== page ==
The fact that COVID-19 could be transmitted via the ocular route has prompted the use of protective eyewear. However, while reports in the literature describe ocular symptoms among infected individuals, whether these are due to COVID-19 remains unclear.
Several studies have suggested that COVID-19 can give rise to ocular symptoms but the causal relationship with the virus is uncertain and this prompted researchers from the Advanced Eye Centre, Department of Ophthalmology, Chandigarh, India, to perform a systemic review and meta-analysis of the eye problems documented in patients with COVID-19. They sought to document the range and frequency of reported eye problems in prospective and retrospective studies as well as case series in patients with a confirmed diagnosis of COVID-19, based on a positive PCR and appearing in any age group. The primary outcomes for the study included the proportion of patients with ocular involvement, ocular complications and the percentage of patients who first clinical manifestation of COVID-19 was ocular involvement.
An extensive search of the literature identified 222 citations although after removal of duplicates and screening of abstracts, only 16 articles met the inclusion criteria. The analysis revealed that overall, 11.6% of those with COVID-19 experienced an ocular problem. The most common problems were pain (31%), watering (15.3%) and dryness (13.3%). Other possible manifestations included follicular conjunctivitis (7%), conjunctival chemosis (4.4%), while ocular redness or conjunctival congestion affected an average 10.8% of patients. Only 2.2% of studies reported on how ocular problems occurred as the first symptom of infection. Interestingly, the authors found that in 6 of the studies for which data was collected on PCR testing from conjunctival swabs or tear samples, among 335 patients, COVID-19 was detectable in only 12 (3.5%) samples. This lead to authors to discuss how it remained unclear from the studies, whether the ocular symptoms reported by patient developed as a direct consequence of infection or if these were present beforehand. Moreover, given the low positivity rates in ocular samples, it would suggest that the potential risk from ocular transmission is likely to have been overestimated.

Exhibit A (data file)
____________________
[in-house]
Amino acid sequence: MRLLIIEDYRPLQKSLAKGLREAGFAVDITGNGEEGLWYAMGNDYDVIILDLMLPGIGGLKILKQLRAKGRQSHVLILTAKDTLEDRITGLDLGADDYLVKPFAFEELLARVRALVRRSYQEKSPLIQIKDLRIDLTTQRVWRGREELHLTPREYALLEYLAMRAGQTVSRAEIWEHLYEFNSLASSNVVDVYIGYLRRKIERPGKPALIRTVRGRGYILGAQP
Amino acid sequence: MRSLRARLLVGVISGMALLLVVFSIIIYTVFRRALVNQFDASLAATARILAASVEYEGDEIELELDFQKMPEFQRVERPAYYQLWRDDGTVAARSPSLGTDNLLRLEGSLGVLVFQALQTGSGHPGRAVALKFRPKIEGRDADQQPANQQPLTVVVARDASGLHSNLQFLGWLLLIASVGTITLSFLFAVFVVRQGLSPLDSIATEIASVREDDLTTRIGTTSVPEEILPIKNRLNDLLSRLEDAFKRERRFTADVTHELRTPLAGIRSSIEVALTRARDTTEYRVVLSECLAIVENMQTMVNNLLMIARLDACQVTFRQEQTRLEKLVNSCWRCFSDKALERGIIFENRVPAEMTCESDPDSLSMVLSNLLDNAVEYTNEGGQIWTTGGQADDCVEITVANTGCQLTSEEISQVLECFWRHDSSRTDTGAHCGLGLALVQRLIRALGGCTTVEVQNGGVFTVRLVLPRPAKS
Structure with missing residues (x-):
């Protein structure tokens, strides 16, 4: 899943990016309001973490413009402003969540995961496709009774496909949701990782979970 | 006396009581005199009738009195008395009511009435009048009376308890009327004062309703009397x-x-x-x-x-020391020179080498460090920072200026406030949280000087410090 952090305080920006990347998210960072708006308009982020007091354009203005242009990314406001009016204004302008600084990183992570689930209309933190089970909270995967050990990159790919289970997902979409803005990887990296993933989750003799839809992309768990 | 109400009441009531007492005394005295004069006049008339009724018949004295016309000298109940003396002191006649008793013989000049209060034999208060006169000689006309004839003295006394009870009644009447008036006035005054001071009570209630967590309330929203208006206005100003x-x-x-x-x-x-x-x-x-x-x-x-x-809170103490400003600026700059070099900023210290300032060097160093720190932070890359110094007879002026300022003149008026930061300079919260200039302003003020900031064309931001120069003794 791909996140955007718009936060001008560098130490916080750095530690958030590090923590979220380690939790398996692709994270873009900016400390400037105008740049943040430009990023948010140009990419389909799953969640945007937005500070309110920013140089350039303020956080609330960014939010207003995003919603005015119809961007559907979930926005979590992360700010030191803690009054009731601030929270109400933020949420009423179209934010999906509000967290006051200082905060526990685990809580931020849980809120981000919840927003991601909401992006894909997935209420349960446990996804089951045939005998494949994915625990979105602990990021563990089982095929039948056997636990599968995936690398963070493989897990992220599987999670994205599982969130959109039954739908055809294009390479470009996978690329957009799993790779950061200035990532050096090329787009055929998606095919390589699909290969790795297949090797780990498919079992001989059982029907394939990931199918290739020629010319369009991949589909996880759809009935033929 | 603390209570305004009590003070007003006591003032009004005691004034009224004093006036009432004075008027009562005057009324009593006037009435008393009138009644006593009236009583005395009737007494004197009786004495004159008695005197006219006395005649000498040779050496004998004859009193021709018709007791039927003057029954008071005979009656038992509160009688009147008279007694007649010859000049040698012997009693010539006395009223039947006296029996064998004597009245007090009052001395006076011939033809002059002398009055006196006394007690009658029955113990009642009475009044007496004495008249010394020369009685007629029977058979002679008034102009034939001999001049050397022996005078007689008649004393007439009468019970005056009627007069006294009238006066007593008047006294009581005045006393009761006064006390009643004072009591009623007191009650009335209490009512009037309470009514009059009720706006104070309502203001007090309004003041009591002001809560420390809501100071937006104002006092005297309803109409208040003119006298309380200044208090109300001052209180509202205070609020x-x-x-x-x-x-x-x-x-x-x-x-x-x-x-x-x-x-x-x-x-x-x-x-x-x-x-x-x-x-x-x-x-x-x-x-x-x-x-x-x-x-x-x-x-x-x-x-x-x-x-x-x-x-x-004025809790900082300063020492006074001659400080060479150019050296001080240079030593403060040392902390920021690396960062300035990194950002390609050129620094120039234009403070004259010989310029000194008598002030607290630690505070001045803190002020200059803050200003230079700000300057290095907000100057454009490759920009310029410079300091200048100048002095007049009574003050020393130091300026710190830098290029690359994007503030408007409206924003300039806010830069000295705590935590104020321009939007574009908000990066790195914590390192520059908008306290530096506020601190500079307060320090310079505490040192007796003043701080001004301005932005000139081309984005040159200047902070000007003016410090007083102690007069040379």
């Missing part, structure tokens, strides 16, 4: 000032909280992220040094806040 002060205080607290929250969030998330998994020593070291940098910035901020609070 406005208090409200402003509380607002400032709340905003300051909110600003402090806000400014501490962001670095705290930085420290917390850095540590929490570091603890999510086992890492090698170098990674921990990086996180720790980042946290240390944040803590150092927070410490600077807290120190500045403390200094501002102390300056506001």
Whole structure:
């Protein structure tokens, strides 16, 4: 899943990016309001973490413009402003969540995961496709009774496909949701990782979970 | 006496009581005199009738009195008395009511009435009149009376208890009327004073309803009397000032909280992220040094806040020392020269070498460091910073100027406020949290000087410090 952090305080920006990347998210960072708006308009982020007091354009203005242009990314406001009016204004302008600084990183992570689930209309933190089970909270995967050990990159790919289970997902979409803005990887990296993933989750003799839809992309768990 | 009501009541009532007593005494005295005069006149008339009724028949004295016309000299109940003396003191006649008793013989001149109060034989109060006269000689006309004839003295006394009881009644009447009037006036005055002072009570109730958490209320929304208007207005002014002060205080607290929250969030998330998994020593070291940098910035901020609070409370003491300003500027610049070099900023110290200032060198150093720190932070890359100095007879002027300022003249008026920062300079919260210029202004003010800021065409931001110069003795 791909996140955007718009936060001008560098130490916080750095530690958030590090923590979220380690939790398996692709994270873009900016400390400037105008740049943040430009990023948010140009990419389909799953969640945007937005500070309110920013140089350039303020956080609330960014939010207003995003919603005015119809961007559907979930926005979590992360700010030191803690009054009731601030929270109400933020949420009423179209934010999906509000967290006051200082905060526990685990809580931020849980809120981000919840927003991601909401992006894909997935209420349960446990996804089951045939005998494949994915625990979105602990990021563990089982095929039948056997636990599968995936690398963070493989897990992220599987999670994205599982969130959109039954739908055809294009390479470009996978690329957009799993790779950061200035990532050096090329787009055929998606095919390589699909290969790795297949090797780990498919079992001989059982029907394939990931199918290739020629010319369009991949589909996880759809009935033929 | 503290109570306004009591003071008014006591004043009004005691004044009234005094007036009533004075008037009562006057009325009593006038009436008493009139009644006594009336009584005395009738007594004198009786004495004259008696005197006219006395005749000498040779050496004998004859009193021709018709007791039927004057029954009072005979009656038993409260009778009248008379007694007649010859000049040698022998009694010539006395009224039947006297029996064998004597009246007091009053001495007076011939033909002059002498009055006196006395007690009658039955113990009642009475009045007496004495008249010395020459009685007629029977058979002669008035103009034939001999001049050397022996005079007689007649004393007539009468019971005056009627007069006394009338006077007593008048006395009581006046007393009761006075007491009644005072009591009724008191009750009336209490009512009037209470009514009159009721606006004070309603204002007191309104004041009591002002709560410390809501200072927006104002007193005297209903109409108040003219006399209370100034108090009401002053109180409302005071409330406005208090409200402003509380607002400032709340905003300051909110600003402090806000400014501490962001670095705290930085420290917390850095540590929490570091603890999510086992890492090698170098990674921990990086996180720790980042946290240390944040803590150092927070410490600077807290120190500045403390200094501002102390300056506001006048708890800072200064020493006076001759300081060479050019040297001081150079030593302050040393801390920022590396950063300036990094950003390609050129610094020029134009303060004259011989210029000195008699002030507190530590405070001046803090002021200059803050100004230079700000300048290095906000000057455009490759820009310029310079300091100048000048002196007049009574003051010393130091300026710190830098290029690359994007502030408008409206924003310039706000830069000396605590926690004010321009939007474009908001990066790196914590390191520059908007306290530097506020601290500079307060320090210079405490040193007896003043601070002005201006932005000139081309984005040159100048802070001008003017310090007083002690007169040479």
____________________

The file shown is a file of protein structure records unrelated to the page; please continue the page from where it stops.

Aggarwal K et al. Ocular surface manifestations of coronavirus disease 2019 (COVID-19): a systematic review and meta-analysis. PLoS ONE 2020 doi. org/10.1371/journal.pone.0241661